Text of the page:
Monday, February 20, 2017

Thoughts: Sweet Bea

Sweet Bea

by Sarah Hegger
Book 1 of Sir Arthur's Legacy

~ Goodreads ~

Rating:  4.0 Stars

Is anything sweeter than revenge?

In a family of remarkable people, ordinary Beatrice strives to prove herself worthy.  When her family is threatened with losing everything, she rushes to London to save them.  Unfortunately, she chooses as her savior the very man who will see her family brought low.

Garrett has sworn vengeance on Sir Arthur of Anglesea for destroying his life when he was a boy and forcing his mother into prostitution for them to survive.  He has chosen as his instrument Sir Arthur's youngest daughter, Beatrice.

Can Beatrice’s goodness teach Garrett that love, not vengeance, is the greatest reward of all?

I'm actually quite pleasantly surprised with how much I enjoyed this book.  I was expecting some historical fluff, and while the book was definitely fluffy, it was actually also kind of inspirational, even if not on any global levels.

Beatrice is kind of the odd sheep in her family of extraordinary people, as the summary states.  Her mother, the Lady Mary, is well-respected and authoritative; her father a great knight and warrior whom even the king has become envious of.  Her brothers readily follow in Sir Arthur's footsteps in kind, and her sister, Lady Faye, is the perfect beauty, wife, and mother.

Meanwhile, Bea is simply known as the one with hair-brained ideas who keeps finding herself in one form of trouble or another.  But when her family is in trouble, she takes it upon herself to seek out her father with hopes of saving the day.

In truth, Beatrice could have been that heroine I love to hate.  Bea is naive and innocent, too trusting of others, at times kind of ditzy.  And her main hair-brained idea in this book truly DOES get her and her companions into a lot of trouble.  But aside from all of that, she's a Mary Sue of epic proportions as even one of her fellow companions states that she's a rare person with a big, warm heart.

And so while she's a heroine I normally can't stand, somehow, Bea comes off kind of endearing, and manages to show us that she's so much more than what she's always described as.  There's a lot of feisty and a churning mind under her lovely, sweet personality that I don't think characters in the book give her enough credit for.

One thing that bugged me includes how Bea's family treats her, even by the end of the book.  If she's ignorant about current events or even family goings on, it's because nobody ever tells her anything.  And when she actively seeks out answers, they either omit facts or lie to her or just tell her that she doesn't need to know, keeping her completely in the dark.  So I feel like the whole "Bea shouldn't do anything if she doesn't know what's going on" mentality is a bit unfair to her.  Hard to keep a wandering child from falling off a cliff if you don't warn her that it's there, or what will happen if she gets to close.

Even as the conclusion rolled around, I still didn't know whether or not Bea's adventure was pointless.  The family still isn't really saying anything about what they already knew, or what kinds of precautions were already active--there are STILL secrets being kept.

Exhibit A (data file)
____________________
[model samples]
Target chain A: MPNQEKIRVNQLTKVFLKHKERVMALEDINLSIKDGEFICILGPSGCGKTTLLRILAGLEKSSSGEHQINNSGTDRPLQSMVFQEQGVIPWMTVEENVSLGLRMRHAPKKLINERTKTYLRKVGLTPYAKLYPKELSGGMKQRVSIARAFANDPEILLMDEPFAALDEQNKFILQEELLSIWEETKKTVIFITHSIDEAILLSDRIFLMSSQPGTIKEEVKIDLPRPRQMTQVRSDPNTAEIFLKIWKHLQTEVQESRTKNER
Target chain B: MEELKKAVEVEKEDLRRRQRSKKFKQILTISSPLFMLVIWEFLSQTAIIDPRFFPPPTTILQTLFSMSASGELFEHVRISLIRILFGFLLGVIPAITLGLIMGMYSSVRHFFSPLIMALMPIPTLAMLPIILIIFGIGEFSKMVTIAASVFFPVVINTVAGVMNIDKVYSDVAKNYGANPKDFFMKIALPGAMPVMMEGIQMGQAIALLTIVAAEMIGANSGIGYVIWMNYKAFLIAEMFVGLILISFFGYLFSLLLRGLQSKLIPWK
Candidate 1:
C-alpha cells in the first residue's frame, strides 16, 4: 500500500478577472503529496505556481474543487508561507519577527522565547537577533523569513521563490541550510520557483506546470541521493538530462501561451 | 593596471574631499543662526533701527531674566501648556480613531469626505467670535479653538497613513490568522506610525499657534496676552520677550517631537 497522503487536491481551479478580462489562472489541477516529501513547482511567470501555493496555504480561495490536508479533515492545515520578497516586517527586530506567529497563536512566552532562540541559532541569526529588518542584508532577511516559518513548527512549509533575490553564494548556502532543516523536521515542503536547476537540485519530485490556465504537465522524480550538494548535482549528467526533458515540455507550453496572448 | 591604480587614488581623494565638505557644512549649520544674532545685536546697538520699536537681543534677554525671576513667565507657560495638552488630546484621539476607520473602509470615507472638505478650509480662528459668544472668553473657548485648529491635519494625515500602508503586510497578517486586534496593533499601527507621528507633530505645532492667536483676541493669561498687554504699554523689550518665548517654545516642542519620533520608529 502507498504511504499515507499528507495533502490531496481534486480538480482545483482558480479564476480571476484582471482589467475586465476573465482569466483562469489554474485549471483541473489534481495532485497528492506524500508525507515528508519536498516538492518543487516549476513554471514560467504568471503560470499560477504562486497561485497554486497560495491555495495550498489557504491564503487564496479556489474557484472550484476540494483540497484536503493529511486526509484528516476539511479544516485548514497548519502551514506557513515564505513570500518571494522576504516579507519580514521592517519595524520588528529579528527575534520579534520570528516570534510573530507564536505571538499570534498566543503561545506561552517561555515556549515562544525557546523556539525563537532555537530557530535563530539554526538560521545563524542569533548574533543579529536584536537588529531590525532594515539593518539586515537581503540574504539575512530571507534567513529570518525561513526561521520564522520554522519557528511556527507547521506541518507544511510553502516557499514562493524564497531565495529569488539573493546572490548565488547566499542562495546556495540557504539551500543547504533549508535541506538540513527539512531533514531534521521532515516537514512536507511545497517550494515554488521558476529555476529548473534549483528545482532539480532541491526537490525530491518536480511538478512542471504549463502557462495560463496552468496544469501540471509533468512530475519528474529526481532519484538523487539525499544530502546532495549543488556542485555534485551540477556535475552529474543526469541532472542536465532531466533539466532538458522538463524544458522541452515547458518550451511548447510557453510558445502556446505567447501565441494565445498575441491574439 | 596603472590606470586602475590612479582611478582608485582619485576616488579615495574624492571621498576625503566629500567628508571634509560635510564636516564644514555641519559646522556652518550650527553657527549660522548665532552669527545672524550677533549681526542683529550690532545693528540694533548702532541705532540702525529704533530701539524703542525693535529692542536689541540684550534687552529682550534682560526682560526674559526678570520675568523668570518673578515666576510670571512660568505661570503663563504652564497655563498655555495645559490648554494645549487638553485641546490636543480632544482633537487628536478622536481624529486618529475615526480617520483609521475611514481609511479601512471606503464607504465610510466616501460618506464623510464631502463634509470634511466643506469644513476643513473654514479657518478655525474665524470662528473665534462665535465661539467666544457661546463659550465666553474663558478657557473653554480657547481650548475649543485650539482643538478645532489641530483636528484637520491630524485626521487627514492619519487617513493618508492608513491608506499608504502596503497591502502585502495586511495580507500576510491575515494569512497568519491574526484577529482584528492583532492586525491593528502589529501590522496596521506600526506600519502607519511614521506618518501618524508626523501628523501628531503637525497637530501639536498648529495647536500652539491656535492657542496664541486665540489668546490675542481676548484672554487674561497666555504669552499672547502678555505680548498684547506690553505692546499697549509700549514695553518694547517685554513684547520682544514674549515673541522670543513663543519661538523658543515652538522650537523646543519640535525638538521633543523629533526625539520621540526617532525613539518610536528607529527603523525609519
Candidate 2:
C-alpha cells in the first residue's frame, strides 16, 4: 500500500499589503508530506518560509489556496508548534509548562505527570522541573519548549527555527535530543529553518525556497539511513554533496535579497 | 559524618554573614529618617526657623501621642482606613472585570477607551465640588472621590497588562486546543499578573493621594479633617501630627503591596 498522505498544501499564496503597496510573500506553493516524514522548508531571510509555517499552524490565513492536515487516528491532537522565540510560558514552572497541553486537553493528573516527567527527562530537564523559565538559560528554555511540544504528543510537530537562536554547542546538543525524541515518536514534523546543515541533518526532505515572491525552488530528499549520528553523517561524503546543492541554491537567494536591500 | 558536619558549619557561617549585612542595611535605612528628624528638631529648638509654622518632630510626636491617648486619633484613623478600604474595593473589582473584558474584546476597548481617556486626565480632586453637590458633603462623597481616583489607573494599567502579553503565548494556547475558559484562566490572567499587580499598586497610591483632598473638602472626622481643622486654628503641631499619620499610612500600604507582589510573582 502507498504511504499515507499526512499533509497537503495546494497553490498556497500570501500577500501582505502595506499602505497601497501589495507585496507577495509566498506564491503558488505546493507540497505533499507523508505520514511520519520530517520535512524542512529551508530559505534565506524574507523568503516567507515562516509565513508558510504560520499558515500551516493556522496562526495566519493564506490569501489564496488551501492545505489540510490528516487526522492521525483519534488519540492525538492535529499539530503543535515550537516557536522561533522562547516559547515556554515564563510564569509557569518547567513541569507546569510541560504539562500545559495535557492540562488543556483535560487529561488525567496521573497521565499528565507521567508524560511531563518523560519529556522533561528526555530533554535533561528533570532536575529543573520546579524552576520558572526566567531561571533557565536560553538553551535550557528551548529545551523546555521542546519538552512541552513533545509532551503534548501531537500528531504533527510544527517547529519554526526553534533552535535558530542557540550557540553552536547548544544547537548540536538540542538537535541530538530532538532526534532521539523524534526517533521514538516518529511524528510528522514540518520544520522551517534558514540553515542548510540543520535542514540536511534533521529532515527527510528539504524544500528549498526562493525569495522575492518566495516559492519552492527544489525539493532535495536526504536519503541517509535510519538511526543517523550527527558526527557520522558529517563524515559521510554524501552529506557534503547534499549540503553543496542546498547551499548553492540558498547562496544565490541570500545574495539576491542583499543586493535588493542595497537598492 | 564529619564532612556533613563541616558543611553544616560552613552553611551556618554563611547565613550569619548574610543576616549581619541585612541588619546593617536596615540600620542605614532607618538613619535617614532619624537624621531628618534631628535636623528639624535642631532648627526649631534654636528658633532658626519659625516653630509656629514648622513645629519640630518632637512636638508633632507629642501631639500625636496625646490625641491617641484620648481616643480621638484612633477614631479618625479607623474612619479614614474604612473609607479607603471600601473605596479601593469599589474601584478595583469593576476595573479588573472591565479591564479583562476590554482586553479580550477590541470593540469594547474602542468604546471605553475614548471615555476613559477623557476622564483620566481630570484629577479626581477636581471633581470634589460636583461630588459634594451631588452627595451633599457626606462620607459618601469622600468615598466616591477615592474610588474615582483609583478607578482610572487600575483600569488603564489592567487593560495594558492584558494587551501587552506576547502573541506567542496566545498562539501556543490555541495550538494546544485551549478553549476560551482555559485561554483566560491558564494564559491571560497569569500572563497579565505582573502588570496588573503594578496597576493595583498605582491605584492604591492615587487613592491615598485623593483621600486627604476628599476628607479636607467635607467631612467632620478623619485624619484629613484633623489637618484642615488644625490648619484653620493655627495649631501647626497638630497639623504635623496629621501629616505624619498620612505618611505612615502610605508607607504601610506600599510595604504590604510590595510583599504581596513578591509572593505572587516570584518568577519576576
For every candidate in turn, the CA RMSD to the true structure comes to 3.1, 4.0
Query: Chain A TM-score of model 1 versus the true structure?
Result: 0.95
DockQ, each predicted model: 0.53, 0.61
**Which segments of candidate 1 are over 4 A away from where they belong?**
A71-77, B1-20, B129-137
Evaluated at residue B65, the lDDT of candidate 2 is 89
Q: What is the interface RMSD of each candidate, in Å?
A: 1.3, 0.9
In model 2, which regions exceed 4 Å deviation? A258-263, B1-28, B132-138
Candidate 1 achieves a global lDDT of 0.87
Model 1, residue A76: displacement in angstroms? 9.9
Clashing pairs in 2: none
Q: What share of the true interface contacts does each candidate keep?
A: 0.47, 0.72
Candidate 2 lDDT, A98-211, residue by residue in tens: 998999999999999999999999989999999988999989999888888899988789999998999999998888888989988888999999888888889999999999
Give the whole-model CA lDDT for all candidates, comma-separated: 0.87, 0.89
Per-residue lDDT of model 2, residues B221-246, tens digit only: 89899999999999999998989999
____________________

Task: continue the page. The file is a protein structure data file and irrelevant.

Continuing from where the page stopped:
Which brings me to the second thing that didn't work for me as the ending.  Truth be told, it was a nice, well-rounded ending.  But it was well-rounded because we pretty much pick up all of the story's stray eggs and stick them all in the basket and call it good.  I mean, everything just fell together like we were in a hurry to wrap up the show or something.


The book started off a little hard to get into, as I had a hard time with caring about the characters.  It wasn't that I didn't like them; they just didn't mean anything to me, and neither did the story.  So I'm glad that things picked up pretty quickly, and with the short length of this novel, the progression was straight-forward.  We set off on a journey, and despite a few random detours, the book pretty much took us where it meant to take us since day one.

On a side note, I loved the rag tag group that Beatrice manages to collect along her way.  I mean, she really only picks up two people to join her gang, and one of them was a little brat boy of a thief who kept trying to manipulate Bea's emotions; however, it DID make the adventure a little more amusing.  I definitely loved the inclusion of Ivy and her subtle, budding friendship with Bea, and the small spark of romance with Tom.

Again, this book was more enjoyable than I'd expected, and that is always a good thing.  I can't say that I completely fell for Garrett by the end of the book, but I don't dislike him either.

I may or may not continue on in this series.


I read this book for Romance Bingo 2017 for the "Headless" Woman square.

Other possible squares:
  • New Adult - Bea and Garrett are fairly young, and I doubt they are any older than their mid-twenties.
  • Virgin & Best First Time - For obvious reasons.
  • Rogue - I would label Garrett as this.
  • Historical Romance - I think this book takes place in the Middle Ages.
  • Love (Free Space)

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